I like having an "On-Off" Switch. The Girard comes with an On-Off switch. My Gracey trimmer did not come with one. I went to home depot, bought a cheap switch, cut the wires, drilled the Gracey base, and now I can turn the thing off without pulling the cord from the wall socket.

The most important thing I found that made the Giraud a speed champ was that you can cut in a horizontal position, like the Gracey, or a vertical (upright) position. With the Giraud in a vertical position, I can put the machine upright in front of me, and trim cases with both hands. In the horizontal position I can feed cases to one hand, but only one hand can hold the case in the trimmer. This little difference significantly reduces hand fatigue and increases the effective trim rate. And one other thing, with the machine pointing up, the brass chips fall down out of the shell holder. These machines headspace on the case shoulder, so with the Gracey in a horizontal position, I am constantly checking trim length, and wiping out the inside of the shell holder because inevitably, a brass chip will fall into the shell holder and change the trim length.

My Giraud trimmer has a quick shell holder change feature. I can change out the shell holder from from 30-06 to 308 without having to readjust for depth. The Gracey shell holder must be readjusted for depth when changing calibers. Mr. Giraud has made an improvement to his trimmer, after I purchased mine, but it allows quick change of the cutter head. Currently I can only trim cartridges of the same caliber without adjusting the cutter head. This adjustment is perhaps the most time consuming as I try to get an chamfer angle I like and still deburr the outside of the brass. This is also true of the Gracey. However Mr. Giraud has made a removable cutter head which is a better idea and would allow a very quick change over from .223 to .308 for example. The removable cutter head option is a great idea, but it is not cheap.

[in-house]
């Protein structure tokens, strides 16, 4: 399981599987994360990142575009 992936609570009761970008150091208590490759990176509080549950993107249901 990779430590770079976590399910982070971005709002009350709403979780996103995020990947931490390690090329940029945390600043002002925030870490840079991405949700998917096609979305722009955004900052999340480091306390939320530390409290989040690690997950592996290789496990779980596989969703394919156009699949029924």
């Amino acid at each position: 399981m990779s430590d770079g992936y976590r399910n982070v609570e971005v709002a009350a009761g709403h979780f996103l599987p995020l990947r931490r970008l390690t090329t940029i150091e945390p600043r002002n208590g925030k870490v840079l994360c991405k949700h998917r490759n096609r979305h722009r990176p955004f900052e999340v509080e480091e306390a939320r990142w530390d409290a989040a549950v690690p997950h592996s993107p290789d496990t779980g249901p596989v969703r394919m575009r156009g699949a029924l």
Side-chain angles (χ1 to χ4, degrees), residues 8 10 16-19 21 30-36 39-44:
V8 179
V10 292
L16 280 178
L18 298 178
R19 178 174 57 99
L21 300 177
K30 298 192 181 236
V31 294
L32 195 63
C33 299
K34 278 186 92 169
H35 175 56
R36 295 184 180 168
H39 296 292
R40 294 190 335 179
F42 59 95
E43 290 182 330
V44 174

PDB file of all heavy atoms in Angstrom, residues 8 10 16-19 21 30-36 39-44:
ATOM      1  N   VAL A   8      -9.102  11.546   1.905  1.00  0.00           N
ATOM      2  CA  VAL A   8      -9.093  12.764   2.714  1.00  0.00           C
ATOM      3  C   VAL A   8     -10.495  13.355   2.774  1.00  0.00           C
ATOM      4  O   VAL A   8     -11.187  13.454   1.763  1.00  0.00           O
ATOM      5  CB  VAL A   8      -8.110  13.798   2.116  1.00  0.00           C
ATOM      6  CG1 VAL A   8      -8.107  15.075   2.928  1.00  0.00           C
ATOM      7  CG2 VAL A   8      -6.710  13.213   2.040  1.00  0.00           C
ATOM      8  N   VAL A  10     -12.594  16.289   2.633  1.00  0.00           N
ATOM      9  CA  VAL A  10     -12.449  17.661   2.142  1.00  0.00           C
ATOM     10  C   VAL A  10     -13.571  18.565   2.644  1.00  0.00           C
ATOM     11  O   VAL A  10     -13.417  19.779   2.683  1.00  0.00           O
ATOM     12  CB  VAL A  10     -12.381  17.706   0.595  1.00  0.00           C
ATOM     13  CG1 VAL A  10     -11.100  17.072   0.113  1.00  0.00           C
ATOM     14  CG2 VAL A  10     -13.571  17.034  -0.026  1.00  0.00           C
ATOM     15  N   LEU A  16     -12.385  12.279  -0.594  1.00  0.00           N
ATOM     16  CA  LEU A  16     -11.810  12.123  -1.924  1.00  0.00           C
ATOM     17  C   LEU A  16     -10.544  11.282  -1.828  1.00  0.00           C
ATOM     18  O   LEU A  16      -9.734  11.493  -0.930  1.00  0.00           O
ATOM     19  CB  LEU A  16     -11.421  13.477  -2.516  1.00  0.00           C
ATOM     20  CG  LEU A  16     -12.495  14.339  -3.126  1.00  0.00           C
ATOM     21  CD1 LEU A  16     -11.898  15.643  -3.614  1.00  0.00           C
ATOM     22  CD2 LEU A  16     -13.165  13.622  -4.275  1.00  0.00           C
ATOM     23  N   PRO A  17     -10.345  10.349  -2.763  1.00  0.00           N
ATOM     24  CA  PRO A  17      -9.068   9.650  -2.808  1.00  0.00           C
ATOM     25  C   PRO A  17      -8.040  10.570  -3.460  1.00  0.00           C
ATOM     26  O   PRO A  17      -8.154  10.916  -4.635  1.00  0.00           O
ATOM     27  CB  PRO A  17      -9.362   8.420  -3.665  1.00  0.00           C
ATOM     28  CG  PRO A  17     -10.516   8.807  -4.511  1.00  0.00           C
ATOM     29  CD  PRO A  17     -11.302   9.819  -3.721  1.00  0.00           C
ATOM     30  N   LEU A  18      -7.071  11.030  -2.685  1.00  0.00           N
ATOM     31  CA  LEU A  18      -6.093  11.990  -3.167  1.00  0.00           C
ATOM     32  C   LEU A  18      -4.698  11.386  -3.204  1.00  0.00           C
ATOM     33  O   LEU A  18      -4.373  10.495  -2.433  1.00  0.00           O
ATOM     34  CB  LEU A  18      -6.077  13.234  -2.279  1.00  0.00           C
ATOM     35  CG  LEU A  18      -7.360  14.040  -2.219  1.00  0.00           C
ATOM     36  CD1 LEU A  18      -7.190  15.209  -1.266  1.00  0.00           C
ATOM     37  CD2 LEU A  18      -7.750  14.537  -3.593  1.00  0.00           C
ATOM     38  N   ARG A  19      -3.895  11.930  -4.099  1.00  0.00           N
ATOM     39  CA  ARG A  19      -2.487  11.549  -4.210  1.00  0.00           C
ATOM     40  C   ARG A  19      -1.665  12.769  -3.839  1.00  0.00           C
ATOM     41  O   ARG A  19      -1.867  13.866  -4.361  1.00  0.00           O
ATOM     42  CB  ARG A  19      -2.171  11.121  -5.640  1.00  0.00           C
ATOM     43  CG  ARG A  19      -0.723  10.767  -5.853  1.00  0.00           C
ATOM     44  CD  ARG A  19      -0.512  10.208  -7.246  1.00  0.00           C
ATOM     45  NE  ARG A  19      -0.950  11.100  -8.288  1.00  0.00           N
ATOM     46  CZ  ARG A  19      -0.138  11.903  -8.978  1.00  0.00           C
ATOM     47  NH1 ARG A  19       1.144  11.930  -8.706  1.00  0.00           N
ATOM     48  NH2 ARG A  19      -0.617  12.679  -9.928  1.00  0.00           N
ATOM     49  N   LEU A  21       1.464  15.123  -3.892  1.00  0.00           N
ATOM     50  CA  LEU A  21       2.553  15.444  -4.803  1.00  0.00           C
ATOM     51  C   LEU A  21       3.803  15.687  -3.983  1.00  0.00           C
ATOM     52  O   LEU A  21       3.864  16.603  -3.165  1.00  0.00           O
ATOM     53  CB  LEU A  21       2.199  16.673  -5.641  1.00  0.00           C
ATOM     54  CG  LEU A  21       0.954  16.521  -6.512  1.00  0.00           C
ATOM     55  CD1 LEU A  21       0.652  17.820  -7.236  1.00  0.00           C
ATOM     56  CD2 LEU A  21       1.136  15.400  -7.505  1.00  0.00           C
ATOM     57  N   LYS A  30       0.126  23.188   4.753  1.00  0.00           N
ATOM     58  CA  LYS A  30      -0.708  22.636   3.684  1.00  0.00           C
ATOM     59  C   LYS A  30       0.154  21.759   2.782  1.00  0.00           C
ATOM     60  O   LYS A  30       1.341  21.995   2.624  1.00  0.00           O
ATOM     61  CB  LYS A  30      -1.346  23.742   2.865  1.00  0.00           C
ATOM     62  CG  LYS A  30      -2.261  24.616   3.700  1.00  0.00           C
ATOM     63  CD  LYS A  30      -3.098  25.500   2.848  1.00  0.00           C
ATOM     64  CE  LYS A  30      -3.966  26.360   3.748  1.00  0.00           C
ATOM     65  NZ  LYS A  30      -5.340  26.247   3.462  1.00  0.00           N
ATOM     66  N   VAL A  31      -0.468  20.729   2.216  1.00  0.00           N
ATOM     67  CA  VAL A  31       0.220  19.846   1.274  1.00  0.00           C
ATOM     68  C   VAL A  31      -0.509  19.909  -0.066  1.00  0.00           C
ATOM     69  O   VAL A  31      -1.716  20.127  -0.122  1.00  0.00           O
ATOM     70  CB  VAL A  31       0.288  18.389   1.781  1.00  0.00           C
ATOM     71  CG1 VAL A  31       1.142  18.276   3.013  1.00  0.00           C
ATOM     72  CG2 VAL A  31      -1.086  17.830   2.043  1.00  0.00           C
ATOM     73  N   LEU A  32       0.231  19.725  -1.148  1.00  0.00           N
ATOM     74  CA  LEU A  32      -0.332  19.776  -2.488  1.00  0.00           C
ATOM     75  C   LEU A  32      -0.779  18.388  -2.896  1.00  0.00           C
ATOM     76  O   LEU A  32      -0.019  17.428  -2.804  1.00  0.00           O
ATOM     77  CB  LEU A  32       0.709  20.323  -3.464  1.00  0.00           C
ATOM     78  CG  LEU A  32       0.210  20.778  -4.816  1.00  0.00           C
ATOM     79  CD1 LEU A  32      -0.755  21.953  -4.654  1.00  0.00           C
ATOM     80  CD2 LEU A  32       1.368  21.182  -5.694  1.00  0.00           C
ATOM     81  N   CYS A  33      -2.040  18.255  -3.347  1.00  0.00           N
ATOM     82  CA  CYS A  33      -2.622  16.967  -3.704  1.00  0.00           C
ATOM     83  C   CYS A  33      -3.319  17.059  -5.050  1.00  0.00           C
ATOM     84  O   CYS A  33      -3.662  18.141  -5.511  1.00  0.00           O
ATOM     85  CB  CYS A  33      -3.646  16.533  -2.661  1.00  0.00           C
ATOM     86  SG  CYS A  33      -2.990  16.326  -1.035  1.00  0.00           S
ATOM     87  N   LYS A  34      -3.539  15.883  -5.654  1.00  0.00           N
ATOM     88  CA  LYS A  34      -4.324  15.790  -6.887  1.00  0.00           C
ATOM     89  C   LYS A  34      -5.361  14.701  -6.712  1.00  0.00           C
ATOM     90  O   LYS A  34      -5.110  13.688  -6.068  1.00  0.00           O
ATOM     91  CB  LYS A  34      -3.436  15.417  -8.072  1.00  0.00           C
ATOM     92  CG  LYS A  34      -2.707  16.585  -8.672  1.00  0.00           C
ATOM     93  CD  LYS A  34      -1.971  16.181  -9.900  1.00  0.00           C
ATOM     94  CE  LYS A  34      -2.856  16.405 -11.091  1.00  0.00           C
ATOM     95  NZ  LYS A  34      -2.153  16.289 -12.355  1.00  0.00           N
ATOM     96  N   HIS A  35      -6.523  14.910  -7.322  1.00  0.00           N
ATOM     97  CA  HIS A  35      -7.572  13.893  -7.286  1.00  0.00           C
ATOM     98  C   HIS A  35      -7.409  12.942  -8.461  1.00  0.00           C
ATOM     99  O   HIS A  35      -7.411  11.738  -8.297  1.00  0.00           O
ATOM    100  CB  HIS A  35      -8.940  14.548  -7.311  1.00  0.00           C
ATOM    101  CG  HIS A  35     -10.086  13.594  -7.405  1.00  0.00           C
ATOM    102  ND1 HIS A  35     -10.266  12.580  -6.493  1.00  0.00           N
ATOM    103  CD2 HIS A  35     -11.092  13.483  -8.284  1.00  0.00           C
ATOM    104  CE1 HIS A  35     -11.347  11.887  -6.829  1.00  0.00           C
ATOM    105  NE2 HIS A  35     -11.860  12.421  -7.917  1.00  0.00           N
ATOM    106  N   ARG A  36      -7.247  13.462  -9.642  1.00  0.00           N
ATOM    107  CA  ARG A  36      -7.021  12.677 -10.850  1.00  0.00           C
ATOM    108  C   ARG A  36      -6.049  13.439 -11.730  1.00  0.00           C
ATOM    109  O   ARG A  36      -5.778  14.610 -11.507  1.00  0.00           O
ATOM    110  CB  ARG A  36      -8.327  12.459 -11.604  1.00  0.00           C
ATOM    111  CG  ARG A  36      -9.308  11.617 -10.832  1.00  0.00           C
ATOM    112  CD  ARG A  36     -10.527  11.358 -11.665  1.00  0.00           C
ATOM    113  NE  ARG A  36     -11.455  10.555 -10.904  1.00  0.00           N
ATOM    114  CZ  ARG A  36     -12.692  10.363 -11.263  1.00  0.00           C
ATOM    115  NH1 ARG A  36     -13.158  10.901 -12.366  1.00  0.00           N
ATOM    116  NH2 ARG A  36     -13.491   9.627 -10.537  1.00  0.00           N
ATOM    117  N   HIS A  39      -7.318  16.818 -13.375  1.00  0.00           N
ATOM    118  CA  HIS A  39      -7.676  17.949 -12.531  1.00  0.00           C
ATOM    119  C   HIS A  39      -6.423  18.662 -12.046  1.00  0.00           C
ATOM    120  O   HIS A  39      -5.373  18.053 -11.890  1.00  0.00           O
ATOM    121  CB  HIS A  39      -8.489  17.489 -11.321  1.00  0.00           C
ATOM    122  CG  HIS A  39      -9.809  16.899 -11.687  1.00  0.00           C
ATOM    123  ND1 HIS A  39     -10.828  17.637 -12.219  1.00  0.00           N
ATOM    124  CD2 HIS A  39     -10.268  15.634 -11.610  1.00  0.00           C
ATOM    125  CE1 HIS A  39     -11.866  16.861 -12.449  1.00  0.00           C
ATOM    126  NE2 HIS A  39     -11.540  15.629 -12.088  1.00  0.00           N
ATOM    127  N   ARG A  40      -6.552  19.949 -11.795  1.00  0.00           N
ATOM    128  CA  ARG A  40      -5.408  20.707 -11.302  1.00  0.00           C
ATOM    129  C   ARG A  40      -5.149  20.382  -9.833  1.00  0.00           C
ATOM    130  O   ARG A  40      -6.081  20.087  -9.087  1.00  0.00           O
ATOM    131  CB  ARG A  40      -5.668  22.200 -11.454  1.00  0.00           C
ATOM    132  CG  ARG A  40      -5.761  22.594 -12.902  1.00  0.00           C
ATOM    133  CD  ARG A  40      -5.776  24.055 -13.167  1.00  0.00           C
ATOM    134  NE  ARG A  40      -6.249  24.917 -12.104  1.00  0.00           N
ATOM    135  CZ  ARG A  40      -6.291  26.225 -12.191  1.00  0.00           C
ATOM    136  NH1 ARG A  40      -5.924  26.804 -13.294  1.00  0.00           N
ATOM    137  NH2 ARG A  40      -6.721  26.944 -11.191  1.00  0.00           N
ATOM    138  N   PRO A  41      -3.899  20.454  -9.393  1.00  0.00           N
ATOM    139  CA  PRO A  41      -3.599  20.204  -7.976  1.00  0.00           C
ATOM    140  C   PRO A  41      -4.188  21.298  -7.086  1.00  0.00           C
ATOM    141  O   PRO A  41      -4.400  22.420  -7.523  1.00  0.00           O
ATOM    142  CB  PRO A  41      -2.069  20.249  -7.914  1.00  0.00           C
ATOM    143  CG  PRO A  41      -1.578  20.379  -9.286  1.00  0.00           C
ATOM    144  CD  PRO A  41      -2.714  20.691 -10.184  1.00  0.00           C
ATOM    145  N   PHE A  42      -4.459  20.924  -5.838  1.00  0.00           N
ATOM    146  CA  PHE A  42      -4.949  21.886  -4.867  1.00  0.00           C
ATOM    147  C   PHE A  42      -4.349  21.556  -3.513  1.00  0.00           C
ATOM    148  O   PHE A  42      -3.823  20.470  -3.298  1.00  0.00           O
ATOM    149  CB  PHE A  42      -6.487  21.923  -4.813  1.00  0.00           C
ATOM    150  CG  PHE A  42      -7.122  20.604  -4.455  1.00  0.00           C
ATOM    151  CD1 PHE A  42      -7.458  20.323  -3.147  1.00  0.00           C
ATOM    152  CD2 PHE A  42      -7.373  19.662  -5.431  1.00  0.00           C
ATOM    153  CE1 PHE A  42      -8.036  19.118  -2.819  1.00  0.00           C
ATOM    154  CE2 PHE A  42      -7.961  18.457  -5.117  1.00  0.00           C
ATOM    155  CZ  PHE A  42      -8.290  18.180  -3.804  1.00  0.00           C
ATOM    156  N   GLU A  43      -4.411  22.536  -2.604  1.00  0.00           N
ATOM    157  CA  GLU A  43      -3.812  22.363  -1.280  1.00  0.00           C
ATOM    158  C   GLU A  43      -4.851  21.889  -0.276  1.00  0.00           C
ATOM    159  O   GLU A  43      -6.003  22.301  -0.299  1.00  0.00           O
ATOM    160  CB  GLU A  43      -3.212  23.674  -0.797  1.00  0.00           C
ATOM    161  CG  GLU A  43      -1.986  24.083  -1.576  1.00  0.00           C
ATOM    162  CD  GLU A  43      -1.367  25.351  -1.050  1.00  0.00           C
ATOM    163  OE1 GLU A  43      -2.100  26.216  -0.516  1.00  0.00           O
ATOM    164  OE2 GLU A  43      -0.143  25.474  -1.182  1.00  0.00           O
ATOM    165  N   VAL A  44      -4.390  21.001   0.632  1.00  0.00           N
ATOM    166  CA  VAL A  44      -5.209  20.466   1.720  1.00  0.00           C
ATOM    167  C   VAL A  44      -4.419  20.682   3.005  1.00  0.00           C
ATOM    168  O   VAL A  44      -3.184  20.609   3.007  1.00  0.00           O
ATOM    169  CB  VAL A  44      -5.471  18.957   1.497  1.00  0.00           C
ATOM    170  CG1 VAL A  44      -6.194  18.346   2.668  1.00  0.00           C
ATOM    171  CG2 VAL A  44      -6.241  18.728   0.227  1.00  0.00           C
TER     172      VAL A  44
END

Gracey's tool was good in its day, but the Giraud is an improvement.

IROCZ
January 8, 2013, 06:00 PM
I still ise a Gracey. I have for about 10 years. I am happy with it. I have never even seen a Giraud, maybe thats for the best...

lightman
January 9, 2013, 11:49 PM
Another happy Giraud customer here!I can average trimming 14-15 a minute.It will also hold the length to within 1/1000th or so.My method is to set the trimmer up with a pile of brass on the left and an empty box or tray on the right.I pick a case up with my left hand and pass it to my right hand to trim while the left picks up another.Sound complicated but with a little practice,it is fast and smooth.Oh,there is an occasional case that is longer than the rest,or you fumble one and it breaks your cycle,but its fast.The machine is well designed and made,and is quiet.You can save a little time when changing calibers by buying another complete cutter assembly.A favorite mod to this is to add a die lock ring to hold your adjustment. Hope this helps, Lightman